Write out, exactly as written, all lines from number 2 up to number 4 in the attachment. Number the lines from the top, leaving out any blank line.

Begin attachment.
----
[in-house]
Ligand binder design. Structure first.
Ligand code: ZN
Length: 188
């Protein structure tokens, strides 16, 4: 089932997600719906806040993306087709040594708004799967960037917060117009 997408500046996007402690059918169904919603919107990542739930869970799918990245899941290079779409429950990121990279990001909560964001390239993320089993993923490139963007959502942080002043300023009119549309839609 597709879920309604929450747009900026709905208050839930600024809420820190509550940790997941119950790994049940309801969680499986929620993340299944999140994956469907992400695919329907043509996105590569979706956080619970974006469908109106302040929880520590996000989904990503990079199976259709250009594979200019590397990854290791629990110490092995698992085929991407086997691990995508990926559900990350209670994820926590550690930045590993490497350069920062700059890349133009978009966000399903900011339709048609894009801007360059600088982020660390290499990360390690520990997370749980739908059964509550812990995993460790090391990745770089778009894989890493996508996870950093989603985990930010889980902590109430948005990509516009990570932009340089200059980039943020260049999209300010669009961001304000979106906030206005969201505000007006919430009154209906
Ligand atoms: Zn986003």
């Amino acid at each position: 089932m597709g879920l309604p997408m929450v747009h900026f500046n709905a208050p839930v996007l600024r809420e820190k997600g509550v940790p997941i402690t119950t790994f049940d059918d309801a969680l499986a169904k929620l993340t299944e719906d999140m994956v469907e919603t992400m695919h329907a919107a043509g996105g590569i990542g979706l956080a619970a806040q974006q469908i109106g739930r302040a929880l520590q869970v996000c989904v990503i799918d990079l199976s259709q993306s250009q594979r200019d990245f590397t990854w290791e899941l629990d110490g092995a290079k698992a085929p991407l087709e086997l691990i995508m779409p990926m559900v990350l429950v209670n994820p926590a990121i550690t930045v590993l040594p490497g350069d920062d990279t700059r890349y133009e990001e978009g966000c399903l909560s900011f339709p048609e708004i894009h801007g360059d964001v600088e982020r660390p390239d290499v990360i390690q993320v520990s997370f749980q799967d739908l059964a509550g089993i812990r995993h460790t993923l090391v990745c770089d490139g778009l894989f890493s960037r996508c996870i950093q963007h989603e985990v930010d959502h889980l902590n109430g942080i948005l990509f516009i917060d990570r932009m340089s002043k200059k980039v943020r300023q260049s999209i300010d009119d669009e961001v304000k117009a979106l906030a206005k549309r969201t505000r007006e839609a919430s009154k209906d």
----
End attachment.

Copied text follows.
Ligand binder design. Structure first.
Ligand code: ZN
Length: 188